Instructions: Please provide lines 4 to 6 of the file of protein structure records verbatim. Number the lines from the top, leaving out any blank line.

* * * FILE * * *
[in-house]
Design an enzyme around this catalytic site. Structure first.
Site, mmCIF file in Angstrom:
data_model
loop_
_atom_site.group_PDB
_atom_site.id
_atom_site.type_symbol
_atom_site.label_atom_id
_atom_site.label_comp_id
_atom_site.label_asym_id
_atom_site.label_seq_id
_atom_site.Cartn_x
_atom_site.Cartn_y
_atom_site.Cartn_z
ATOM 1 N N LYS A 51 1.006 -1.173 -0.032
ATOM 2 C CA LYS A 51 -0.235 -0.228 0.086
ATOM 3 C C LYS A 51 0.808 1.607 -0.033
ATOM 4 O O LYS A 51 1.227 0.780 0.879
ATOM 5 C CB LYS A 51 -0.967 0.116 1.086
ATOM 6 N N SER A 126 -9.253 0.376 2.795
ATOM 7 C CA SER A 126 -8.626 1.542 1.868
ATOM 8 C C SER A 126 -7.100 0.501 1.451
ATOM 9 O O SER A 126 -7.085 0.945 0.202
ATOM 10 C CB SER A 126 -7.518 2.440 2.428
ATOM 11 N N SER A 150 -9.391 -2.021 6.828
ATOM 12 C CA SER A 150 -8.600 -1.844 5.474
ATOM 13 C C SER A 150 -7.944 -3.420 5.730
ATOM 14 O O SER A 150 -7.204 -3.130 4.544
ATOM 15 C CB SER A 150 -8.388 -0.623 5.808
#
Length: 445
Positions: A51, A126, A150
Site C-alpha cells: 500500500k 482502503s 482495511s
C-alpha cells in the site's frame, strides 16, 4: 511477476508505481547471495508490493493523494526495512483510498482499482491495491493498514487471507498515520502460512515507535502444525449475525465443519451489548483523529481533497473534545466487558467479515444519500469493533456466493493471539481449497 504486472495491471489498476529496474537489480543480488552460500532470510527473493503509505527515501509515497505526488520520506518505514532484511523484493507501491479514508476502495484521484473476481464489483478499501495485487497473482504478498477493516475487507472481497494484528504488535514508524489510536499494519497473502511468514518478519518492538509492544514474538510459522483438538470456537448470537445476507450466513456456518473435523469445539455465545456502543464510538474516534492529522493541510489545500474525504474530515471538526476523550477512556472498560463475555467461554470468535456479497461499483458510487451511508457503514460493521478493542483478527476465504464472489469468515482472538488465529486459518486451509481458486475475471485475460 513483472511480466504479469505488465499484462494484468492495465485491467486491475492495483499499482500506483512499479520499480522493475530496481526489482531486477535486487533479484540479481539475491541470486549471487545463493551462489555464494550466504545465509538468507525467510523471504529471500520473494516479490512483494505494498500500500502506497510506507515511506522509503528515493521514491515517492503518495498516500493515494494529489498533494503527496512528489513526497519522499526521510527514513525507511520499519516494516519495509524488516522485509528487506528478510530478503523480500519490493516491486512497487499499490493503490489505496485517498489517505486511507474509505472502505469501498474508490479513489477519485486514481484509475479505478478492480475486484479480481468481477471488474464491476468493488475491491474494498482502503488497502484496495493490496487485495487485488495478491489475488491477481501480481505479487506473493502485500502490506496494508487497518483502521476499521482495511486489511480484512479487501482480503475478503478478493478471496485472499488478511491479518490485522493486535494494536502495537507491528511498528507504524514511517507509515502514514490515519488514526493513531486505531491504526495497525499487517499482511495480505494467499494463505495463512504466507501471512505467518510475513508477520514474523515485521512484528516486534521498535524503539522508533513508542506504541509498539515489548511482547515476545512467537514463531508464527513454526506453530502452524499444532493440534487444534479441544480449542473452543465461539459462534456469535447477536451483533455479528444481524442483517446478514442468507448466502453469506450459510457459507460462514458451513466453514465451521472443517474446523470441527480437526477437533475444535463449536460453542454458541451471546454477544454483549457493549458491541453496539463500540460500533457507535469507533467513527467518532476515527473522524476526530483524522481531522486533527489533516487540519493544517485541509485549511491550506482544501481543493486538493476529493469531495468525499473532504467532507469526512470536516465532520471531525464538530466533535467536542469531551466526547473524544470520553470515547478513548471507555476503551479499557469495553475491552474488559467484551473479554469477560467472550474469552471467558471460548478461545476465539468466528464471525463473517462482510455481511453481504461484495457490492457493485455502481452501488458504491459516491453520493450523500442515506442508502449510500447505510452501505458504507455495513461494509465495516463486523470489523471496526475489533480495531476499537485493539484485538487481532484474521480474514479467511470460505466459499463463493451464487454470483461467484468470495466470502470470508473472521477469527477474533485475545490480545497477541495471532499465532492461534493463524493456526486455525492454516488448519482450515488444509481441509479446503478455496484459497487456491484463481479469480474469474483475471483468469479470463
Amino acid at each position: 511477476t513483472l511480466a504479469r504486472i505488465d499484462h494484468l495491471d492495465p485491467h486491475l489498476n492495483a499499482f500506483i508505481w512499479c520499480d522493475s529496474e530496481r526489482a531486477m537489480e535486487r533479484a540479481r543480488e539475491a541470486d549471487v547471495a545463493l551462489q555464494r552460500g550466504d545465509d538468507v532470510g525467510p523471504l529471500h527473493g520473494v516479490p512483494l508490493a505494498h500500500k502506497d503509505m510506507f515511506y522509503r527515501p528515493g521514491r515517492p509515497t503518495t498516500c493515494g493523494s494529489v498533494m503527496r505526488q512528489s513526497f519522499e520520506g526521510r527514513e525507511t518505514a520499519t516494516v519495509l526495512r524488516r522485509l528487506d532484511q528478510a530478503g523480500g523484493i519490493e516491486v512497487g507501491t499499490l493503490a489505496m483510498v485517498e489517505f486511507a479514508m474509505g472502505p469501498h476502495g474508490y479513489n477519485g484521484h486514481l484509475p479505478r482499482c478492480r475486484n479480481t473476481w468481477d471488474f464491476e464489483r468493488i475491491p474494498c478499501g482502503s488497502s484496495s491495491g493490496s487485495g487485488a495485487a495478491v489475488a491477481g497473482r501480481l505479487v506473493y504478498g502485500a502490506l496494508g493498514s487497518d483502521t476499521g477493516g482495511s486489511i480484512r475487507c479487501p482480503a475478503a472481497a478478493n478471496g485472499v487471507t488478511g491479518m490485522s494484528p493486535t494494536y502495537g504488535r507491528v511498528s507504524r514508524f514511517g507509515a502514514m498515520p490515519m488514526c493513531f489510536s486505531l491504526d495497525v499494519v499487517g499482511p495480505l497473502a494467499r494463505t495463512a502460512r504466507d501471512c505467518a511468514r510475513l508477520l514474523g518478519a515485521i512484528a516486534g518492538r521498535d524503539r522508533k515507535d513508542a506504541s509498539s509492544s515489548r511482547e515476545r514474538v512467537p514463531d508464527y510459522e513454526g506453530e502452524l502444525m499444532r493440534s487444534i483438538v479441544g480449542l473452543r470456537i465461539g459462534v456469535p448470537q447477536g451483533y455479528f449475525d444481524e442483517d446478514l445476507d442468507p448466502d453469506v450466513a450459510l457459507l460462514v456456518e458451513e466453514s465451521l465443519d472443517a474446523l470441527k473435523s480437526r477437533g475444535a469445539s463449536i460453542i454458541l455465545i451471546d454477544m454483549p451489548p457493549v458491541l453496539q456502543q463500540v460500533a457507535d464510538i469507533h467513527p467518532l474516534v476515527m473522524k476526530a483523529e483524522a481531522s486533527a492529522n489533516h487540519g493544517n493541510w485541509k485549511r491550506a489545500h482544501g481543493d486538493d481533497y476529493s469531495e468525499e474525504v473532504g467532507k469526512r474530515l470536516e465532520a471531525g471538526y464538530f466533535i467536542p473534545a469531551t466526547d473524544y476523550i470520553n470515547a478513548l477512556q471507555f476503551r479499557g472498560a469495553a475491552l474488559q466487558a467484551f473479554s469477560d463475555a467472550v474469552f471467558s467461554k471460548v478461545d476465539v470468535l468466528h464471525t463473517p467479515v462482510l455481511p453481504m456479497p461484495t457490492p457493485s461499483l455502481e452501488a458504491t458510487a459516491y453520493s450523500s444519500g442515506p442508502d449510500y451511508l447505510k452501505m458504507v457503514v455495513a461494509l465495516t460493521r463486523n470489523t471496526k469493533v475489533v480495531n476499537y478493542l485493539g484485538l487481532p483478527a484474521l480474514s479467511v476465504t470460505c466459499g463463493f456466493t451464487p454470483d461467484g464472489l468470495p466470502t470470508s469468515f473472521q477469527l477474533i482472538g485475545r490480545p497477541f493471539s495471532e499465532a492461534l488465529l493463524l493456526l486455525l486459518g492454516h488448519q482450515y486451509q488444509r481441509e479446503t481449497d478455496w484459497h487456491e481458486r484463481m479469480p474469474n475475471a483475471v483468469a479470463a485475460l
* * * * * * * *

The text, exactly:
data_model
loop_
_atom_site.group_PDB